Stokely, Marmon square off to represent part of PTC
A July 2 forum sponsored by the Newnan-Coweta Chamber of Commerce featured Coweta County Solicitor Robert Stokely and attorney Darryl Marmon, both of Sharpsburg and both running for the District 71 seat in the Ga. House of Representatives being vacated by Rep. Billy Horne.
What used to be a House district situated solely in east Coweta, the re-drawn district now includes areas of northwest Peachtree City.
Under the redistricting that occurred in 2011 the re-drawn Georgia House Dist. 71 seat still includes much of east Coweta County, excluding the Senoia area, but now includes a portion of the northwest side of Peachtree City west of Ga. Highway 74, north of Ga. Highway 54 and extending to the Tyrone town limits — mainly the Centennial and Wynnmeade areas.
So what did the two Republican candidates have to say on July 2?
The evening of questions began by asking the candidates’ thoughts on the issues surrounding the recent U.S. Supreme Court decision on the Obamacare health care plan and what it might mean in terms of Georgia Medicaid payments in the future.
“A drunk can’t drink his way sober,” Stokely said in his opening remark. “We’ve got to stop spending money we don’t have.”
“In my opinion (the Supreme Court decision) was very disappointing,” Marmon said, adding that there will be a long-term problem in funding the program while acknowledging that a plan will be needed for those truly in need.
Stokely expanded on his comments saying that government-funded insurance is not needed.
Marmon in citing an example of his previous comment gave the example of a man with cancer who loses his job after 20 years.
“Where will he go to get insurance?” Marmon asked. “We have to look after those people.”
Another question asked what the candidates thought of the upcoming regional transportation (TSPLOST) referendum on July 31 and if they thought it would pass or fail. Coweta County is part of the 10-county Three Rivers Regional Commission area that will be deciding the fate of the 10-year sales tax proposal while Fayette County is part of the 10-county Atlanta Regional Commission (ARC) area.
“I’m against it and against raising taxes in the middle of a recession,” said Marmon. “(The Ga. Dept. of Transportation) is a mess the way it’s run and operated.”
As for the chances of it passing voters’ muster, Marmon said he didn’t think TSPLOST would pass in Three Rivers, adding his belief that Fayette County is not always served well by the ARC.
“It’s up to the citizens to choose,” said Marmon while acknowledging the importance of having a transportation plan. “We need a good transportation plan, and that will mean working through disagreements in the legislature.”
For his part, Stokely said he has been against the idea since before the bill passed.
“(It has) $100 million in unfunded liabilities. And there’s no local control like we’ve been force-fed (to think). It’s better for us to spend the dollars in our own pocket to help our local economy. We can spend money better than the government can,” Stokely said.
A follow-up to the TSPLOST question asked candidates how the numerous projects proposed under the TSPLOST could be funded if the July 31 vote fails. Among those were the Amalajack Road interchange, the widening of Lower Fayetteville Road and the widening of Ga. Highway 154.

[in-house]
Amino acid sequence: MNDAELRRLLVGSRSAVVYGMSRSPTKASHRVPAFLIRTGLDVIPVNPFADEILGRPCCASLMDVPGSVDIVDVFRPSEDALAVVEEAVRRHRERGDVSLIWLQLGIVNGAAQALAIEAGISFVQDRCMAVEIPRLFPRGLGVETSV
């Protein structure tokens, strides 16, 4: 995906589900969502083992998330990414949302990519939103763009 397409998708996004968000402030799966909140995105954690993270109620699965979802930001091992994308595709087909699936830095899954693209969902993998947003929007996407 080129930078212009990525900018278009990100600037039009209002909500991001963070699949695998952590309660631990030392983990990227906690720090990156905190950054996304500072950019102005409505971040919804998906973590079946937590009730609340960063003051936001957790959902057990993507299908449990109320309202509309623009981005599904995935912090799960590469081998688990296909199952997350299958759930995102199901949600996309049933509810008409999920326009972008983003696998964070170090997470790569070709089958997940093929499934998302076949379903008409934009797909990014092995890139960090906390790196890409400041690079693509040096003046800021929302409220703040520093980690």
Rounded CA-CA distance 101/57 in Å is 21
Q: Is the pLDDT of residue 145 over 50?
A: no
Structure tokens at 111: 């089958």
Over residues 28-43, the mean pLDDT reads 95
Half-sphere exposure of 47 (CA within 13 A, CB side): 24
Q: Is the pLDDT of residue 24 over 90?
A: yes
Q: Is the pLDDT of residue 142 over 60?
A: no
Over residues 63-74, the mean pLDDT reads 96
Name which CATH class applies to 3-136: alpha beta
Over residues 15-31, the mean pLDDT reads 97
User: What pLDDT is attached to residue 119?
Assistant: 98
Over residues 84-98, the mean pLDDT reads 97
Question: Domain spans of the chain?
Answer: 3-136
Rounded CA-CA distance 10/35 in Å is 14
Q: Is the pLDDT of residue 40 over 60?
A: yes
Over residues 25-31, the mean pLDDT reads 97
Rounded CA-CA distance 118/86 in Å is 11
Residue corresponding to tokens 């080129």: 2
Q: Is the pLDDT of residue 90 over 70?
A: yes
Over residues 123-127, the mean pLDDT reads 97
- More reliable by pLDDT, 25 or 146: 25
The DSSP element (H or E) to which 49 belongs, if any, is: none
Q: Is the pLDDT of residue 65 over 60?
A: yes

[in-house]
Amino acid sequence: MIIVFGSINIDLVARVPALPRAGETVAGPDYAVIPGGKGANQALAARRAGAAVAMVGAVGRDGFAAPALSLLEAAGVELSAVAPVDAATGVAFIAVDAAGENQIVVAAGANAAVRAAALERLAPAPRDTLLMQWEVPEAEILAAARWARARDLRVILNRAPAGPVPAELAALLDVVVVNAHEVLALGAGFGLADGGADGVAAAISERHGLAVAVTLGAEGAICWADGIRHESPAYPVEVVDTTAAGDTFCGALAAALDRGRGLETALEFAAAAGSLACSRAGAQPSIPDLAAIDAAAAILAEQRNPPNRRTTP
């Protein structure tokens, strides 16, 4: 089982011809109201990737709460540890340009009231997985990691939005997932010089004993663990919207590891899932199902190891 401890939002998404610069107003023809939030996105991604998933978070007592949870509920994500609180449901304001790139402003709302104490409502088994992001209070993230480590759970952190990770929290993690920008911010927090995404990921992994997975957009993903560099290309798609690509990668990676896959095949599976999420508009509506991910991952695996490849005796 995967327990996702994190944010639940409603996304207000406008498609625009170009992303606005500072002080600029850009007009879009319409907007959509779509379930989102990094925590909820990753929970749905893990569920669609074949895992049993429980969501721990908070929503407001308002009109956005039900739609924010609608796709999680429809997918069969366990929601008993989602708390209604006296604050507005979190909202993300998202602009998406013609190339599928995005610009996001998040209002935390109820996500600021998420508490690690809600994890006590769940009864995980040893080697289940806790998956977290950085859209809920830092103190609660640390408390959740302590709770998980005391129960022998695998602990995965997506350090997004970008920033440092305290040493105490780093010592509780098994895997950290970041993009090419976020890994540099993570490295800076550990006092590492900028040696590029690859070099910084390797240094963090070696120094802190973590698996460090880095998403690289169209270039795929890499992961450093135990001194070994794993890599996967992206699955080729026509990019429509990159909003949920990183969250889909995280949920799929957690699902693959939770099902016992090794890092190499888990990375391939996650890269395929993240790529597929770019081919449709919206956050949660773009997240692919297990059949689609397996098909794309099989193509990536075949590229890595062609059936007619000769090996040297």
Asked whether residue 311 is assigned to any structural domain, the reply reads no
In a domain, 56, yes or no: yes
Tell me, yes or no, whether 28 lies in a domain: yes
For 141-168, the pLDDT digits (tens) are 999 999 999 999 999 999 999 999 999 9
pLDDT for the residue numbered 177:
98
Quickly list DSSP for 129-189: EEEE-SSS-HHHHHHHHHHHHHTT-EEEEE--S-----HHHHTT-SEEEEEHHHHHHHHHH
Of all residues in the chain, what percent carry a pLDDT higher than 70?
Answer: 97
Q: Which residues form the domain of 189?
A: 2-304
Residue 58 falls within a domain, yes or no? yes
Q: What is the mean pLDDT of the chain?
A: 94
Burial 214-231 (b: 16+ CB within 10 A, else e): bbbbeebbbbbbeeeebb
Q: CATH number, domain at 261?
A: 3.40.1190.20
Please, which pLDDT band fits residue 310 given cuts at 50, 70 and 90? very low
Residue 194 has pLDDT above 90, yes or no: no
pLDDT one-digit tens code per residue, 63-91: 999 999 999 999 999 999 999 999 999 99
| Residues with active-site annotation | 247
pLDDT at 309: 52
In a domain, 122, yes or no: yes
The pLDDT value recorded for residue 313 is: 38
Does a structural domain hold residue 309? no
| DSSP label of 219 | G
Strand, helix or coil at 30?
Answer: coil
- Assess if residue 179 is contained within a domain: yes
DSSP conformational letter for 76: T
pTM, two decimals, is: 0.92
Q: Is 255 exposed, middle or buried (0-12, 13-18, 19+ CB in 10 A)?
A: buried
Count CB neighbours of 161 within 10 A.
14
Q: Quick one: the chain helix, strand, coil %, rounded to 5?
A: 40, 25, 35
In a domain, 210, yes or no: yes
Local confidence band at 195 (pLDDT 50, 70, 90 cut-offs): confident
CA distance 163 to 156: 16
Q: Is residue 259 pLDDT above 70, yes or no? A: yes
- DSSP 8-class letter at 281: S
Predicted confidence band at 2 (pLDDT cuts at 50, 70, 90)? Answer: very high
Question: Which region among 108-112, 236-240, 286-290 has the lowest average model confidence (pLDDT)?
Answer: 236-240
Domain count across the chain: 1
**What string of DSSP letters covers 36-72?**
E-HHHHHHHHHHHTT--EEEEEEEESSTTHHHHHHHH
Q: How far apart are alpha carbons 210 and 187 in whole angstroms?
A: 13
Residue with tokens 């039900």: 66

“Widening means four-lane roads. I don’t think we’ve got that bad a traffic problem,” said Stokely. “We do have a local SPLOST, and we could petition local leaders to re-prioritize those projects.”
Marmon in his response said some projects could be funded locally while others would benefit from having the legislature force DOT to take a new look at local projects.
“On one hand (funding) can be done on the local level. We can no longer petition DOT for funding projects, so the legislature needs to be willing to take on DOT, to get their act straight to begin funding local projects,” Marmon said.
Stokely said some regional TSPLOST projects are not needed, a reality that would save tax dollars that could go to other areas such as job creation.
Another question dealt with what the candidates thought about the tax reform measures instituted by the legislature in the recent session.
“We’re still paying too much in taxes,” Stokely said, adding that more taxes should be cut beyond those included in the reform measures. “Where do the taxes stop?”
Marmon in his response said what is needed is a reform that is genuine and not prohibitive to job growth.
“What we need is genuine reform. And energy is a no-brainer,” Marmon said. “Government needs to get off the backs of job creators. The cumulative effect would be more taxes (paid) from a larger economy.”
Questions aside, what about a closer look at the candidates and the issues they hold significant.
Marmon received a law degree in 1991 and lists his work experience as an accountant and attorney. He has no prior elected experience.
As for the issues, Marmon said those include jobs, education and an ethical, transparent government.
Stokely received a law degree in 1976 and maintained a private law practice from 1991-1996 and has served as Coweta County Solicitor since 1998.
Stokely’s issues include favoring drug testing for elected officials and those receiving public assistance, school choice, increasing HOPE scholarship support by cutting administration salaries, a reduction of college tuition and fees through reining in administrative salaries and budgetary support for the Georgia State Patrol.
Early voting begins July 9 and will be followed by the primary election on July 31.